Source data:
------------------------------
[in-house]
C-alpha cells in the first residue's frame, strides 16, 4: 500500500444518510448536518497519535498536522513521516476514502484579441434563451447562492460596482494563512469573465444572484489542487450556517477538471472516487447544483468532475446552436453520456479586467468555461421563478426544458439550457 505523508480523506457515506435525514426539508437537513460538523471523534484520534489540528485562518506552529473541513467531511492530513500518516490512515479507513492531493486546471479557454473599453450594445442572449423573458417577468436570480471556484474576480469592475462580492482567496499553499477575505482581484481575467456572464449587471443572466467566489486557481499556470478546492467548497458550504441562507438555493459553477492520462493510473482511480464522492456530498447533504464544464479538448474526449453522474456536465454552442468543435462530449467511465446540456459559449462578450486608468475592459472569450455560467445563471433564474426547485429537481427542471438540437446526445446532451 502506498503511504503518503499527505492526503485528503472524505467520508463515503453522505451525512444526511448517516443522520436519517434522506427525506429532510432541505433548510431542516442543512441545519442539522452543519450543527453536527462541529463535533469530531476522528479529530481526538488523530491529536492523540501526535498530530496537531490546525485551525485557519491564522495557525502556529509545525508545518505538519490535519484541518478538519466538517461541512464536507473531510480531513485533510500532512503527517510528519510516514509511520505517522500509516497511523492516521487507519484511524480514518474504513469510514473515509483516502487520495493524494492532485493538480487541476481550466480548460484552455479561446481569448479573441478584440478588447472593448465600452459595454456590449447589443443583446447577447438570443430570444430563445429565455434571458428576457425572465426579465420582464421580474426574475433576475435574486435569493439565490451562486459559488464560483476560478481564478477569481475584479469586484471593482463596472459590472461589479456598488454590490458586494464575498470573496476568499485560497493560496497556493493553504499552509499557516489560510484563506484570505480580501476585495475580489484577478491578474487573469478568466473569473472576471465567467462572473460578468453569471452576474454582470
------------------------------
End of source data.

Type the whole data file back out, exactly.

[in-house]
C-alpha cells in the first residue's frame, strides 16, 4: 500500500444518510448536518497519535498536522513521516476514502484579441434563451447562492460596482494563512469573465444572484489542487450556517477538471472516487447544483468532475446552436453520456479586467468555461421563478426544458439550457 505523508480523506457515506435525514426539508437537513460538523471523534484520534489540528485562518506552529473541513467531511492530513500518516490512515479507513492531493486546471479557454473599453450594445442572449423573458417577468436570480471556484474576480469592475462580492482567496499553499477575505482581484481575467456572464449587471443572466467566489486557481499556470478546492467548497458550504441562507438555493459553477492520462493510473482511480464522492456530498447533504464544464479538448474526449453522474456536465454552442468543435462530449467511465446540456459559449462578450486608468475592459472569450455560467445563471433564474426547485429537481427542471438540437446526445446532451 502506498503511504503518503499527505492526503485528503472524505467520508463515503453522505451525512444526511448517516443522520436519517434522506427525506429532510432541505433548510431542516442543512441545519442539522452543519450543527453536527462541529463535533469530531476522528479529530481526538488523530491529536492523540501526535498530530496537531490546525485551525485557519491564522495557525502556529509545525508545518505538519490535519484541518478538519466538517461541512464536507473531510480531513485533510500532512503527517510528519510516514509511520505517522500509516497511523492516521487507519484511524480514518474504513469510514473515509483516502487520495493524494492532485493538480487541476481550466480548460484552455479561446481569448479573441478584440478588447472593448465600452459595454456590449447589443443583446447577447438570443430570444430563445429565455434571458428576457425572465426579465420582464421580474426574475433576475435574486435569493439565490451562486459559488464560483476560478481564478477569481475584479469586484471593482463596472459590472461589479456598488454590490458586494464575498470573496476568499485560497493560496497556493493553504499552509499557516489560510484563506484570505480580501476585495475580489484577478491578474487573469478568466473569473472576471465567467462572473460578468453569471452576474454582470